So what we think at BreezoMeter is that you need a comprehensive understanding of air quality. And in order to achieve that you need to combine different layers of data, which includes dispersion models, models for dust, include models for fires, and pollen as well. We need also to take into account traffic, or emissions that come from traffic, and satellite data. Only by combining all these lanes together can you get a true understanding of real-time air quality and basically decide when is a good time or safe to open the window, right?

Mechanical Ventilation - All For One

Dr. Chuan: Thank you, Gabi. Thank you for the valuable background information before I dive into the other solutions. Some of us may live in a house or apartment where there is mechanical ventilation. In such cases, there are more options to increase the ventilation, such as turning on the AC unit to 100%, outdoor air mode, and turning off or turning down the return air. The windows can be open as well, especially when it is a large home or there are many occupants in the home. As Gaby has mentioned, it is important to know what air quality is even while we are talking about mechanical ventilation strategies.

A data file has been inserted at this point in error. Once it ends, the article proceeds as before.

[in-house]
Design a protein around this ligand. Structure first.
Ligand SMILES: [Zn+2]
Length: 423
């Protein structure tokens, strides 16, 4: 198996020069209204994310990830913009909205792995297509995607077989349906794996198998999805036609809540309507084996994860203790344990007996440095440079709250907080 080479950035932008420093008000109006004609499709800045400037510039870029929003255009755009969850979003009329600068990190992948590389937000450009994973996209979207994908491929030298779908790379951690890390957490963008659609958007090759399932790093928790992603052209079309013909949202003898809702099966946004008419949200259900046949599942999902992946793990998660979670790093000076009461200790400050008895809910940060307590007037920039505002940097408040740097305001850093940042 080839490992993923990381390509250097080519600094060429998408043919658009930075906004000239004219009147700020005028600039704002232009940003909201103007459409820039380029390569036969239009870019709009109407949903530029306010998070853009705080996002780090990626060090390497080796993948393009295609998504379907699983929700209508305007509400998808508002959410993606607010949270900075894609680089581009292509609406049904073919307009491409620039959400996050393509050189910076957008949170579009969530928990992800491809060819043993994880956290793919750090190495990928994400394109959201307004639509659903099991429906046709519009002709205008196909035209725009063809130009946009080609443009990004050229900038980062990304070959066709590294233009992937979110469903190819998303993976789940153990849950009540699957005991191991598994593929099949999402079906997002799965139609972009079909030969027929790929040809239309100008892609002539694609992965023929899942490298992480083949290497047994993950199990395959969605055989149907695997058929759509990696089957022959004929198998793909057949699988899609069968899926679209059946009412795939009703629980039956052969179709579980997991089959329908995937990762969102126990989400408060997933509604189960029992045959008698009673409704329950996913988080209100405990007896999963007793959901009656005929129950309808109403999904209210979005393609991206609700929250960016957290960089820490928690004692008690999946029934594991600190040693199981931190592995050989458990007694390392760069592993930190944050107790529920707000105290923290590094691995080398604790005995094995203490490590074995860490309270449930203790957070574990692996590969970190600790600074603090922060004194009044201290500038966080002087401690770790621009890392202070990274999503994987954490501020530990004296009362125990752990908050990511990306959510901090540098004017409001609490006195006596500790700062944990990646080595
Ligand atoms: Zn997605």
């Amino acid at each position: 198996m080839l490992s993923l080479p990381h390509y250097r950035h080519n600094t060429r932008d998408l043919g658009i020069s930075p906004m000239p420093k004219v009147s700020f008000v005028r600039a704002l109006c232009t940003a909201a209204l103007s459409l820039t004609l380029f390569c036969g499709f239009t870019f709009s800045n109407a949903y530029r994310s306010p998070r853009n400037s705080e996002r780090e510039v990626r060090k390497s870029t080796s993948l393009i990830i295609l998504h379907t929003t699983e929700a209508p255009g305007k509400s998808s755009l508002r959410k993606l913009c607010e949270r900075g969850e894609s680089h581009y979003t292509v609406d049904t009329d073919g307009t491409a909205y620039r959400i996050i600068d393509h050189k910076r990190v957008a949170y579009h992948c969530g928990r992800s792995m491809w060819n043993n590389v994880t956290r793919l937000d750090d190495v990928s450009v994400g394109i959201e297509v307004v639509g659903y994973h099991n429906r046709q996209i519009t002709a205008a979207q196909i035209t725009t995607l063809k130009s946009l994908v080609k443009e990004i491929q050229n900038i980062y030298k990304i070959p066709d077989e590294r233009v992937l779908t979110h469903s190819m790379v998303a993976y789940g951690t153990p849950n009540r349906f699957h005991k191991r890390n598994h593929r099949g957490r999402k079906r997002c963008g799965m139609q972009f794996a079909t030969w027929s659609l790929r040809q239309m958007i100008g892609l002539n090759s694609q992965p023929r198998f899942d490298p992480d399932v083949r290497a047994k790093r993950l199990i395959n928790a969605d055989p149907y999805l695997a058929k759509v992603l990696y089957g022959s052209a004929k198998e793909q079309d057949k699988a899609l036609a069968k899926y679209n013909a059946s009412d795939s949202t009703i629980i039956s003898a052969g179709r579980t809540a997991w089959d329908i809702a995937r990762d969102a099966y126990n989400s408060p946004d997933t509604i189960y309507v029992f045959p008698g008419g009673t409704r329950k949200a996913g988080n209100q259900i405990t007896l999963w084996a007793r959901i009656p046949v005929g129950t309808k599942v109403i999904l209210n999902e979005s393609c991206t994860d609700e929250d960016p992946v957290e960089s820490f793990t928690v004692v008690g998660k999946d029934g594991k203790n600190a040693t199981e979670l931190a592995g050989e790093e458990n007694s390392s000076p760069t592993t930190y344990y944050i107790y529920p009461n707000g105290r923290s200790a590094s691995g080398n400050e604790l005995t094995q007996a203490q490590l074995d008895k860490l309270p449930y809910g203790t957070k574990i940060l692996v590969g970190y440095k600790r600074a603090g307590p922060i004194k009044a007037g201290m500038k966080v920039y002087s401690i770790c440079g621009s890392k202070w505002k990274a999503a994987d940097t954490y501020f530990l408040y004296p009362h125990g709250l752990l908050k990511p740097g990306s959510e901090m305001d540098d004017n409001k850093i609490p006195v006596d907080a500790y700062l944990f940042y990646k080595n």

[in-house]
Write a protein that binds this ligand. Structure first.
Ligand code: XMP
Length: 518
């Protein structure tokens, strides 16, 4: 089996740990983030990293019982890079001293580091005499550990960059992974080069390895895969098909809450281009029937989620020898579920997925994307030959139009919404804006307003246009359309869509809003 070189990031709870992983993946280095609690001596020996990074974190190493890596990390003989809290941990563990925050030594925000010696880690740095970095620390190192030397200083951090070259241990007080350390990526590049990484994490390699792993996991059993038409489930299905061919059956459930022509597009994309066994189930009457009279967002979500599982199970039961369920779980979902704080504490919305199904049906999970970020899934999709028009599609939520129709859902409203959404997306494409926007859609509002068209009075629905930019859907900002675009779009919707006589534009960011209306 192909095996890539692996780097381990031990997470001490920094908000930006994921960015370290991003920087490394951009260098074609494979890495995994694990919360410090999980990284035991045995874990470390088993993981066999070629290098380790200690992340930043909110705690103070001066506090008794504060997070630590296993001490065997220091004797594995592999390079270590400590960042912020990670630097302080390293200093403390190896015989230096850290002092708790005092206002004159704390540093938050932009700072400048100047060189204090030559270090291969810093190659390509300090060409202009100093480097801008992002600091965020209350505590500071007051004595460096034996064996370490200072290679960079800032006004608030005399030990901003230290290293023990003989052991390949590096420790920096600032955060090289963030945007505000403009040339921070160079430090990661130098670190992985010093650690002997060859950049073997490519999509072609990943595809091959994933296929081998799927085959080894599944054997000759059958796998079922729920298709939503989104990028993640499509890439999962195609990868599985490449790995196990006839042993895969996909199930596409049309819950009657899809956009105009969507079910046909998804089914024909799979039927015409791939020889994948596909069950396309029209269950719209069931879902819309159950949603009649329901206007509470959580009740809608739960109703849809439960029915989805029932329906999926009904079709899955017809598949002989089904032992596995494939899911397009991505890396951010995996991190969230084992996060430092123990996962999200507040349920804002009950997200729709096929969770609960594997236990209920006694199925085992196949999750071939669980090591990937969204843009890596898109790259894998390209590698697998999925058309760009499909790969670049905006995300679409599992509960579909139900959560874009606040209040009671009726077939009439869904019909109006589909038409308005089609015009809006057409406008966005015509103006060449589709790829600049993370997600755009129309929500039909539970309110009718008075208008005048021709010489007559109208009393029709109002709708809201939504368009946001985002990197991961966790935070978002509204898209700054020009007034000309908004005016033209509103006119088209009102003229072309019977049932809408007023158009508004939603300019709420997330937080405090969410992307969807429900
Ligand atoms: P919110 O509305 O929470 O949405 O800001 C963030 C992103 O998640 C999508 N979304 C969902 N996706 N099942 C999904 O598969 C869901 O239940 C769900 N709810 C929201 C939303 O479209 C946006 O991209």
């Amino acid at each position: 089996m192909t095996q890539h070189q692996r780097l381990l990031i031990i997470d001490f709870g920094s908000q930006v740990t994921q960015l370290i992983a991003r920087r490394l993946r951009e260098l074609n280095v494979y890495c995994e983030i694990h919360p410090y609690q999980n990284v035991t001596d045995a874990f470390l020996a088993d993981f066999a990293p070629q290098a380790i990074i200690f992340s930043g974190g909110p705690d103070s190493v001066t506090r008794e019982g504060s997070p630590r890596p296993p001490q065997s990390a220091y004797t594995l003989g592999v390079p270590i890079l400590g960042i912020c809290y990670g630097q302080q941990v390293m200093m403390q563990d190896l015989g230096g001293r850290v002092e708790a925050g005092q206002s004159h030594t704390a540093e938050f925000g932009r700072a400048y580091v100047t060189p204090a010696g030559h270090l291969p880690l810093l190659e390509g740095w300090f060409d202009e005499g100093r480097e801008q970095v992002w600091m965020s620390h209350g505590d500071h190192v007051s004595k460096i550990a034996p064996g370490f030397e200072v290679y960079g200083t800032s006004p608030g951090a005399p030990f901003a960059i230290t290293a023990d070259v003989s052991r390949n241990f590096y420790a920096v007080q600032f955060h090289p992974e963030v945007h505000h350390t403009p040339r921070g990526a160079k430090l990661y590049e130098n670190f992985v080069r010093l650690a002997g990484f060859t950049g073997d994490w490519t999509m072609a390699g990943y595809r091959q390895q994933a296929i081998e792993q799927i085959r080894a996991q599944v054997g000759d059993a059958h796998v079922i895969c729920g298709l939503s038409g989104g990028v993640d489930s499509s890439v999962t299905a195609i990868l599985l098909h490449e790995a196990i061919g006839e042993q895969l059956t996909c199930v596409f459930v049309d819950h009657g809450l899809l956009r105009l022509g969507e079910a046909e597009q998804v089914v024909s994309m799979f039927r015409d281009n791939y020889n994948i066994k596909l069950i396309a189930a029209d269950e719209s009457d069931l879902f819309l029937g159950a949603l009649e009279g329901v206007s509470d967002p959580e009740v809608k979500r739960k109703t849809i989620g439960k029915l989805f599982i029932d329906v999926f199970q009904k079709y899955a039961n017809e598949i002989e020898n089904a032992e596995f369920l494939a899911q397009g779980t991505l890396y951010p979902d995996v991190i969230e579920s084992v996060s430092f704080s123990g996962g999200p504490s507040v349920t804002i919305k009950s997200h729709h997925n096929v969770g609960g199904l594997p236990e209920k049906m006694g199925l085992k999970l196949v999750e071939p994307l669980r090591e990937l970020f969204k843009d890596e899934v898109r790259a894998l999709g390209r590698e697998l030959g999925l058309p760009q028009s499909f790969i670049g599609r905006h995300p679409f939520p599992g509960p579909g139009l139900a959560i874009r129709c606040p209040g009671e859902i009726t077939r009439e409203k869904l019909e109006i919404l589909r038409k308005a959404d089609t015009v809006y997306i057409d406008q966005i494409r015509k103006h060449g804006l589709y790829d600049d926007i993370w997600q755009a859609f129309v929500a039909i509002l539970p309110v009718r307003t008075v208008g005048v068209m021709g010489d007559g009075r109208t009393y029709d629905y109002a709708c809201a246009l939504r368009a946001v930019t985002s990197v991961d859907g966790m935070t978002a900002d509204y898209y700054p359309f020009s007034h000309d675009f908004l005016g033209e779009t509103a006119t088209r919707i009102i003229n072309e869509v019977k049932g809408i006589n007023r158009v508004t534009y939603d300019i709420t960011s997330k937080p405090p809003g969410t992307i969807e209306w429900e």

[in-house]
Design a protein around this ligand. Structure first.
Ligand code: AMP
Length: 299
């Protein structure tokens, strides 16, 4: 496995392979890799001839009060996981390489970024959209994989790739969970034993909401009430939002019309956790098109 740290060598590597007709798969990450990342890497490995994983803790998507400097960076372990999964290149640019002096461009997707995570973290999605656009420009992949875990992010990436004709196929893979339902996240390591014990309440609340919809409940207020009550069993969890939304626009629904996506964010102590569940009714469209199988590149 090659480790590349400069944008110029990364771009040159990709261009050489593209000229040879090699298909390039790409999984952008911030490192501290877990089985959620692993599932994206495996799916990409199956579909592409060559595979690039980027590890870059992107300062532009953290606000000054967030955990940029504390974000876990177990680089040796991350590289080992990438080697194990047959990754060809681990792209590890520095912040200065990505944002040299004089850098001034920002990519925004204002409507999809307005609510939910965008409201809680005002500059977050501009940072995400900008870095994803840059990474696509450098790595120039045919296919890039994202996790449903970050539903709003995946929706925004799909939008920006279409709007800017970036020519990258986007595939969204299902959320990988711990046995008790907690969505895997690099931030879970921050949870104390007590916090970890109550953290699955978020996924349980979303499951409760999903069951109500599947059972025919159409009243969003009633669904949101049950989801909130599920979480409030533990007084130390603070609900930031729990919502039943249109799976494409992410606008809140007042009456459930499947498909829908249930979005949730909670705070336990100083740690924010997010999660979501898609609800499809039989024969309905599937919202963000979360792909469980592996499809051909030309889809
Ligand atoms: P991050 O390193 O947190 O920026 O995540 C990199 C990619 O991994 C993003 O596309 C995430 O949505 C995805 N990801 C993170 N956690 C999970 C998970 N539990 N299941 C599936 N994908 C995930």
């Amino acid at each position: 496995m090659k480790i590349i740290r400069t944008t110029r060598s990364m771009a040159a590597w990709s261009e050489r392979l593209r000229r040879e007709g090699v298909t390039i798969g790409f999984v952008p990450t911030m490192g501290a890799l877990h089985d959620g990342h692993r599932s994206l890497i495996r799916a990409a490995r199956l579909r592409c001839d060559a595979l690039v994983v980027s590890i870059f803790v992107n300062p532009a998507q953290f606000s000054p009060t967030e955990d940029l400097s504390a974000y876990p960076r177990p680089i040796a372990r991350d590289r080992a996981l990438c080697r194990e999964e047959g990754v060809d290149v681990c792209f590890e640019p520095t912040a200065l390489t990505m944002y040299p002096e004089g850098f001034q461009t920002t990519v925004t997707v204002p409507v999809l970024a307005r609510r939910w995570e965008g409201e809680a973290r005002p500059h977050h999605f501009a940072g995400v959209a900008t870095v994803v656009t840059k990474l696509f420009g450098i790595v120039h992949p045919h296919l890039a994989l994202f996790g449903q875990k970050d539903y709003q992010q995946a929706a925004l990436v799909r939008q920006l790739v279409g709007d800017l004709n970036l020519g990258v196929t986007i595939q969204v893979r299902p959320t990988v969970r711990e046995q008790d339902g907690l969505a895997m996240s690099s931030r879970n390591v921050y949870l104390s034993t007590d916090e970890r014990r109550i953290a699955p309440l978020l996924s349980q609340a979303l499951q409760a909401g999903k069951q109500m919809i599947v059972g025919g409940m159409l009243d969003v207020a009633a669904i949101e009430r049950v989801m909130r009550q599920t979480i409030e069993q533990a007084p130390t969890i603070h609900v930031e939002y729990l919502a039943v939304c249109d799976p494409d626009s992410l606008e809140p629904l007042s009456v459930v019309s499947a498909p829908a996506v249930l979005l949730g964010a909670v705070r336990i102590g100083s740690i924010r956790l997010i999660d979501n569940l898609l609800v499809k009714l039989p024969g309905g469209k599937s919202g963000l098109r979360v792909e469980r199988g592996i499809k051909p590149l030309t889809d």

A more complex case is the mechanical ventilation system that is shared by multiple rooms. What we have learned with the SARS virus is that virus particles can travel through air vents. Researchers have already collected COVID-19 samples from return air ducts in hospitals. In some cases that we have seen, such as in cruise ships but also in some buildings, there may be a risk of virus particles being spread through a system that shares returned air. 

Dr. Adler: It's actually interesting. I saw recently on the news how they need to rebuild some sections in the hospitals for the COVID-19 patients just because the air system is the same as the whole hospital and they needed to separate it in order to not pass the virus as you mentioned.